1) So far, growth has mostly been driven by ads and discounts, raising concerns for the brand’s competency and customer loyalty. According to management, their gross margin in birthday cakes was only around 30% in 2018, lower than the industry average of 50% to 70%. This was likely the result of frequent sales promotions coupled with low unit economics. On the other hand, other birthday cake manufacturers have quickly reacted to competition by offering Barbie doll cakes as well as cakes featuring the rabbit and bear characters from Line Friends, making the company’s “Peppa Pig” and “Bonnie Bears” cakes less visually unique. Additionally, popular bubble tea chains including HeyTea (喜茶) and Nayuki (奈雪) started to offer baked goods, in turn becoming additional competitors to Bliss Cake. Different from online bakery vendors, these bubble tea stores aim to provide a seamless in-store experience for millennials to eat, drink, chat and take photos, creating high traffic and strong brand awareness. This is likely the reason why Bliss Cake announced that they plan to rebuild their offline presence and to play a more visible role in stores in 2019.
2) Rapid expansion through franchising has created issues with food safety, management, and customer service. In 2018, a franchise factory claimed that Bliss Cake was using expired ingredients. Though the company immediately explained that the label date was an error, fast expansion through franchise factories in the food industry is still risky. If the company fails to investigate similar issues or to maintain food quality during manufacturing, storage, and transportation, the brand may follow the path of BreadTalk (面包新语), a bakery chain which ultimately closed hundreds of stores due to multiple food safety scandals. We also note that franchise factories generally pay less attention to the brand awareness or customer service but focus exclusively on profitability, leading to the conflicts of interest between the business and factories. For example, customer service at Bliss Cake seems to be inadequate, as there are lots of posts on Baidu complaining about late delivery, failure to deliver, and a long refund process. It seems that late delivery happens frequently due to heavy traffic in the top-tiered cities, but customers often do not receive reimbursements (as how the brand claims in the ads), leading to a relatively low customer satisfaction rate.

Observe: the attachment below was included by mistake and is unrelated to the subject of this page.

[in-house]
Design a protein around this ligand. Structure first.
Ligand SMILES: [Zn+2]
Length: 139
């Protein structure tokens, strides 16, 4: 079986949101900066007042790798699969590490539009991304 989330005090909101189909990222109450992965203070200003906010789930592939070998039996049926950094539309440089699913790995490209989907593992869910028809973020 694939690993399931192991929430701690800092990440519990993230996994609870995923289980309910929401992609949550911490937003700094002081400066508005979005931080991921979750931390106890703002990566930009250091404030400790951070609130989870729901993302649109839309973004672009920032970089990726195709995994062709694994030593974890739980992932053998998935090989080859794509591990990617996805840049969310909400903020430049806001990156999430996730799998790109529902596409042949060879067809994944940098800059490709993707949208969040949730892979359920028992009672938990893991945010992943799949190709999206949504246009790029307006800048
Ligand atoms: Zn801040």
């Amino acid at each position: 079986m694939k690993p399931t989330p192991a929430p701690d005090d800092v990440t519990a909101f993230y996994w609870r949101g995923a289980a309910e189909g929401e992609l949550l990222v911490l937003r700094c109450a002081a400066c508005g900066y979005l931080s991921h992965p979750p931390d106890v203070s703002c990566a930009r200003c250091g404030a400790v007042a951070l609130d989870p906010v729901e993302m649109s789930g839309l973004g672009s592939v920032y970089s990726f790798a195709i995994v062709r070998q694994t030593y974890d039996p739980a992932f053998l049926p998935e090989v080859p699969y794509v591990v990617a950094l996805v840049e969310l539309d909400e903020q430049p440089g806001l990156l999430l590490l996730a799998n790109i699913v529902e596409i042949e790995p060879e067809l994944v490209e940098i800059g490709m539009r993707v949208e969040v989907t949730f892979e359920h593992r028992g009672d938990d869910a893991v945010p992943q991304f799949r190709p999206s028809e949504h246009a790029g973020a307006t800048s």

Transforming to New Retail
With rising customer acquisition costs and slowdown in growth, an increasing number of E-commerce players have turned to New Retail. Bliss Cake, likewise, implemented similar strategies: It has been on the lookout for possible venues and has recently opened two stores in Shenzhen and is now looking to open over 1,000 physical stores in the next five years. The existing brick-and-mortar stores are similar to Holiland’s stores, mainly offering bread and beverages and expanding through direct chain rather than the franchise model. With ~40% sales currently coming from top-tiered cities in China, the brand is still less-known in the third- and fourth- tier cities with lower Internet penetrations. Therefore, the vision is to raise brand awareness in such locations. This year will be the first step toward realizing the company’s vision of achieving information symmetry so that its mobile app users can check on their phones to see what products are in the process of being baked. This is a way to update them on the status of inventory, facilitate placement of orders and also deliver the most freshly-made food to consumers.